The way Danielle Collins looks at it, the end of her surprising run at Melbourne Park was something of an open-and-shut case.
The 25-year-old American was every bit Petra Kvitova’s equal during their Australian Open semifinal during the time Rod Laver Arena’s retractable roof was open — and she never really had a chance once it was shut as the temperature approached 105 degrees (40 Celsius) on Thursday.
The match was even at 4-all after 35 minutes, when the tournament’s extreme heat policy was invoked, and the cover was closed to block out the scorching sun. Collins did not appreciate that switch and wound up losing 7-6 (2), 6-0 to two-time major champion Kvitova.
“They need to start the match the way it’s going to finish, I think,” Collins said. “I think they do that in football, and I think it certainly changed a little bit of the rhythm in the match.”
There’s no doubt that Kvitova’s level of play rose substantially once it became an indoor contest.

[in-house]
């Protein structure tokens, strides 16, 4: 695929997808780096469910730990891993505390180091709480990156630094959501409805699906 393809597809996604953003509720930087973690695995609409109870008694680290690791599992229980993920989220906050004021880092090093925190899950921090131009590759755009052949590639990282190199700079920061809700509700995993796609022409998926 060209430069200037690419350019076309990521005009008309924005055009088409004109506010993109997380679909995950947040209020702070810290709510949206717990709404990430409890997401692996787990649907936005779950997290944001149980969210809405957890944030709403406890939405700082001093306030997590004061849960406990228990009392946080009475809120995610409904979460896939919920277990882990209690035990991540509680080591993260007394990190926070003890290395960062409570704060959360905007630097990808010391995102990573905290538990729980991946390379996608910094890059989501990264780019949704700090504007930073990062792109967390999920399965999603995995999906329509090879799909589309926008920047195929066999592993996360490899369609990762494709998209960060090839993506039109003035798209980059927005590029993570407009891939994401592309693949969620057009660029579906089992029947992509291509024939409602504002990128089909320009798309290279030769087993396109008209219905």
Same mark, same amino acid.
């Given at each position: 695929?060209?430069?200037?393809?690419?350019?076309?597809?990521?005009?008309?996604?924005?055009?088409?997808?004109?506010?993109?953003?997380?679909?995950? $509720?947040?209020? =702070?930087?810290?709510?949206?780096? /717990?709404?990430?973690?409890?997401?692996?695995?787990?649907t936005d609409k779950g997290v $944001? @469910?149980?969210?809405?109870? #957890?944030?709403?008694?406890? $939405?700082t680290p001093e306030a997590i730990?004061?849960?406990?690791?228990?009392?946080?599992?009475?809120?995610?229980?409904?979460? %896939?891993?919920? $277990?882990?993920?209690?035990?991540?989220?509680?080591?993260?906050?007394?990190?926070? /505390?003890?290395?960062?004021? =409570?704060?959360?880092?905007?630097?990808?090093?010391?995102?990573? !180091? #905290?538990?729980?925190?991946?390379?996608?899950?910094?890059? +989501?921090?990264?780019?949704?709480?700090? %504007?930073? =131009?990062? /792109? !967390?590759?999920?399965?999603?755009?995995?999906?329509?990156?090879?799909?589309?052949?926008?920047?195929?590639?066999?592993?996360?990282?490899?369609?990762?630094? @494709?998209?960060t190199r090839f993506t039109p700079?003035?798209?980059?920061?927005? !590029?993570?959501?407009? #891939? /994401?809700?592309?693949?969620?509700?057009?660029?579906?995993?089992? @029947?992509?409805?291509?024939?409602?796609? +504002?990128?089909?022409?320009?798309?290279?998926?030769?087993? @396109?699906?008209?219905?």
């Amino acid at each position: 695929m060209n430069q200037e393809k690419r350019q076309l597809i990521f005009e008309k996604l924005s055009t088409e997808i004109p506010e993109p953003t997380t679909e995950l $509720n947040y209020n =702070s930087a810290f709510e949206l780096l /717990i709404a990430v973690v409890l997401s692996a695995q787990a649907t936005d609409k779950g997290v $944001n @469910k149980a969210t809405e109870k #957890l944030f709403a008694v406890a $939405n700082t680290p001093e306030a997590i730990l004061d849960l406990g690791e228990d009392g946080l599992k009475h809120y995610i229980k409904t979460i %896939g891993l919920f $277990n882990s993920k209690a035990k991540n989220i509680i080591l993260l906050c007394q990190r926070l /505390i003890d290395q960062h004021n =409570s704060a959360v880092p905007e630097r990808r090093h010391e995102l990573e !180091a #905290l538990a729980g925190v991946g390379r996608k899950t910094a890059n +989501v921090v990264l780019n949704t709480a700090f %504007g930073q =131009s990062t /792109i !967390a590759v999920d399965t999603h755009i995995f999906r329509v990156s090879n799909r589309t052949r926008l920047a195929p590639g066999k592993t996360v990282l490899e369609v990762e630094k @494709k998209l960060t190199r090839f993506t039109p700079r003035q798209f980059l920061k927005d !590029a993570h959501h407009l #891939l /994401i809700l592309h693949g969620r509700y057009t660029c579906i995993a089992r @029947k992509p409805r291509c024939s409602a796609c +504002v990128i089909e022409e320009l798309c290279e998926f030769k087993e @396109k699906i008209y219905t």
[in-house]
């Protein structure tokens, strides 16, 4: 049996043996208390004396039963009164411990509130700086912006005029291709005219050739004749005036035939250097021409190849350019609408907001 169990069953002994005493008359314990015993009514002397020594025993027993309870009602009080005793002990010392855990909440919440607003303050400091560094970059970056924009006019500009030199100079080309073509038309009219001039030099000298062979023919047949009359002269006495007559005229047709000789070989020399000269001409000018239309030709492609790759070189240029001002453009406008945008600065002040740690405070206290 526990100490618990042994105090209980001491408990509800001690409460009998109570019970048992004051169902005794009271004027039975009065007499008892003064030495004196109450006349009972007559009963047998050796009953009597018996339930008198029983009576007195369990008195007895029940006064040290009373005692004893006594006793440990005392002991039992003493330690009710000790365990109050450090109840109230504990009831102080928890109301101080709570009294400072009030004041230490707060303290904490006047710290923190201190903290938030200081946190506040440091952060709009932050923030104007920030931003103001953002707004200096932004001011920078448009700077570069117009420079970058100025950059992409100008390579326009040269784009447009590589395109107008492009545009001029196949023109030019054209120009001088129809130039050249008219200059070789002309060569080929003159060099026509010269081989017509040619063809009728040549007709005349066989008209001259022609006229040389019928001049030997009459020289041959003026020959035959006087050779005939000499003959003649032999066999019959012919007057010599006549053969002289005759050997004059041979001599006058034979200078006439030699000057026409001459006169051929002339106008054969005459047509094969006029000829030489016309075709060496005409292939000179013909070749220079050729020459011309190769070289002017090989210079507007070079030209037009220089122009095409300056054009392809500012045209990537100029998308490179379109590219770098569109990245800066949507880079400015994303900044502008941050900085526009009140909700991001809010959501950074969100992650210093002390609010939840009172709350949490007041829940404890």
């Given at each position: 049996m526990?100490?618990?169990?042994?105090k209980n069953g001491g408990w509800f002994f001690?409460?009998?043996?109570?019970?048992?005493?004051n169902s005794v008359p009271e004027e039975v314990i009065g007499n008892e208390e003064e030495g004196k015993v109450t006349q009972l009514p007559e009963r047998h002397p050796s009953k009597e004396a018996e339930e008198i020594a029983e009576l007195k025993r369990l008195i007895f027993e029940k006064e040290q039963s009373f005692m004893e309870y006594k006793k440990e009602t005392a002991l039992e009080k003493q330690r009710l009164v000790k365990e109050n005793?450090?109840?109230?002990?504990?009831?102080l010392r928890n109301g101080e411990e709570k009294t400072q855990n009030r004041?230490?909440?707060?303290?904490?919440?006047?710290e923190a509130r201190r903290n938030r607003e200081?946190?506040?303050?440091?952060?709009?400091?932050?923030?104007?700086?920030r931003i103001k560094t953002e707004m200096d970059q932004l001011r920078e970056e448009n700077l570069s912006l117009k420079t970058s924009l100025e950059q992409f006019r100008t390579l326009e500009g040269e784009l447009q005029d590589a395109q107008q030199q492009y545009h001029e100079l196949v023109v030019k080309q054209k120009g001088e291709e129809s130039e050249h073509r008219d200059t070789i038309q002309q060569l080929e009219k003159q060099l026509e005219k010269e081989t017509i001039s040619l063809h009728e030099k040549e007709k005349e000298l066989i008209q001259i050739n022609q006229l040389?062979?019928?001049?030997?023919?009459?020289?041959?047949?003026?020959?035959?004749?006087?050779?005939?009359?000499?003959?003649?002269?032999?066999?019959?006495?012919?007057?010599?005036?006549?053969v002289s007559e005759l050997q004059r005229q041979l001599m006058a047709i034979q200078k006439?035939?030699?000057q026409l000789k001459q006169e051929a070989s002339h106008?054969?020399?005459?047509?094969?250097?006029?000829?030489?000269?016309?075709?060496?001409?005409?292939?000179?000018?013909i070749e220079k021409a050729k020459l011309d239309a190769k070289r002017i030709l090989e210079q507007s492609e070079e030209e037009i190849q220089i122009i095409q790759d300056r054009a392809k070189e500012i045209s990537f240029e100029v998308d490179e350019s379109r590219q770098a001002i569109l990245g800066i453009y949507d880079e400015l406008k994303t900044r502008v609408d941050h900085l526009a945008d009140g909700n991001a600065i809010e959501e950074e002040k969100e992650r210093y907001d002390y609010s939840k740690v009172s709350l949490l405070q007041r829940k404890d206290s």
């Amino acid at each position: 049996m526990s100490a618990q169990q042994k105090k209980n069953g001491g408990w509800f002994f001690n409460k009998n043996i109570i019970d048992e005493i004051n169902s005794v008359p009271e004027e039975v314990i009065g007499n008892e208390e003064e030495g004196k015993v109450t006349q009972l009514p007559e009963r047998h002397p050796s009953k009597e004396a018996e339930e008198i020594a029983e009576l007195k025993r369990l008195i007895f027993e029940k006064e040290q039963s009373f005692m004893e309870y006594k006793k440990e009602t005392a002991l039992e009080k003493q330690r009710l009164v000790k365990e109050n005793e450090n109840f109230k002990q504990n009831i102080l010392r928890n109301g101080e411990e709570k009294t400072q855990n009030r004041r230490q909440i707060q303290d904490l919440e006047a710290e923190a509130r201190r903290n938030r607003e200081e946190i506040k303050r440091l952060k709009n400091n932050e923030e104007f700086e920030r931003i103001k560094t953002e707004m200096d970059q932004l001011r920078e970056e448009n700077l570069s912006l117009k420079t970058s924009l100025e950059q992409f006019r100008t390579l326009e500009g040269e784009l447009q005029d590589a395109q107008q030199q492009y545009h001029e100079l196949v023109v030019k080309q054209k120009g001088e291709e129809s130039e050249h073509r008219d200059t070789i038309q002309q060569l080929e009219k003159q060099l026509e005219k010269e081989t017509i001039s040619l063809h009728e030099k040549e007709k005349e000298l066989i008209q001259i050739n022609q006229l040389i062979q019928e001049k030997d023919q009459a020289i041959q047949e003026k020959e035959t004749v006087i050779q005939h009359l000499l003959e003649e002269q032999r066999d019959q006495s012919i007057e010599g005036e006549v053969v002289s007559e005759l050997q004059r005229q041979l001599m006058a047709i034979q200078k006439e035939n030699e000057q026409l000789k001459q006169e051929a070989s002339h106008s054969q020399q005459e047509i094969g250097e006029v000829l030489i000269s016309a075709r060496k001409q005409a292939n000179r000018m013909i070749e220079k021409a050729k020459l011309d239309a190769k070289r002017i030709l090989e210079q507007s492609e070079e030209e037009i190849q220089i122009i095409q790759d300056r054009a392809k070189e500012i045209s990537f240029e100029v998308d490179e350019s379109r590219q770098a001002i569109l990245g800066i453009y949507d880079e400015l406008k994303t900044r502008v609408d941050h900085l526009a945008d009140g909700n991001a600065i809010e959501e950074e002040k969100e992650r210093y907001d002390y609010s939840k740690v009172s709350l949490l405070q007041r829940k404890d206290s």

She has made clear over the years that she does not love playing in high heat and humidity.
As for Collins?
“Honestly, I like playing in the heat. Don’t get me wrong, it certainly has its challenges,” said the 35th-ranked Collins, who won two NCAA titles at the University of Virginia.
“I grew up in Florida and am used to it being really hot all the time. So I kind of embrace that very well. Indoor tennis is a different game. Certainly had its effect.”
She also had her issues with chair umpire Carlos Ramos, who called three code violations on Serena Williams and docked her a game during the U.S. Open final last September.
In the tiebreaker, then early in the second set, Collins went back-and-forth with Ramos, complaining about his procedural rulings. The exchanges did not help Collins and seemed to distract her as she let Kvitova seize control of the match.
It was an abrupt ending to quite a debut performance by Collins at the Australian Open.
She arrived at the tournament with an 0-5 record in Grand Slam matches and a losing mark of 17-22 overall on tour. But Collins managed to beat No. 2-seeded Angelique Kerber — who owns three major titles — along with No. 14 Julie Goerges and No. 19 Carolina Garcia.
“There is a lot of great things to build off of, and I think I had a really great learning experience throughout the entire tournament, and especially today,” Collins said. “I’m really excited for my success to be recognized, and to continue playing on the biggest stage and against the biggest and best opponents in the world.”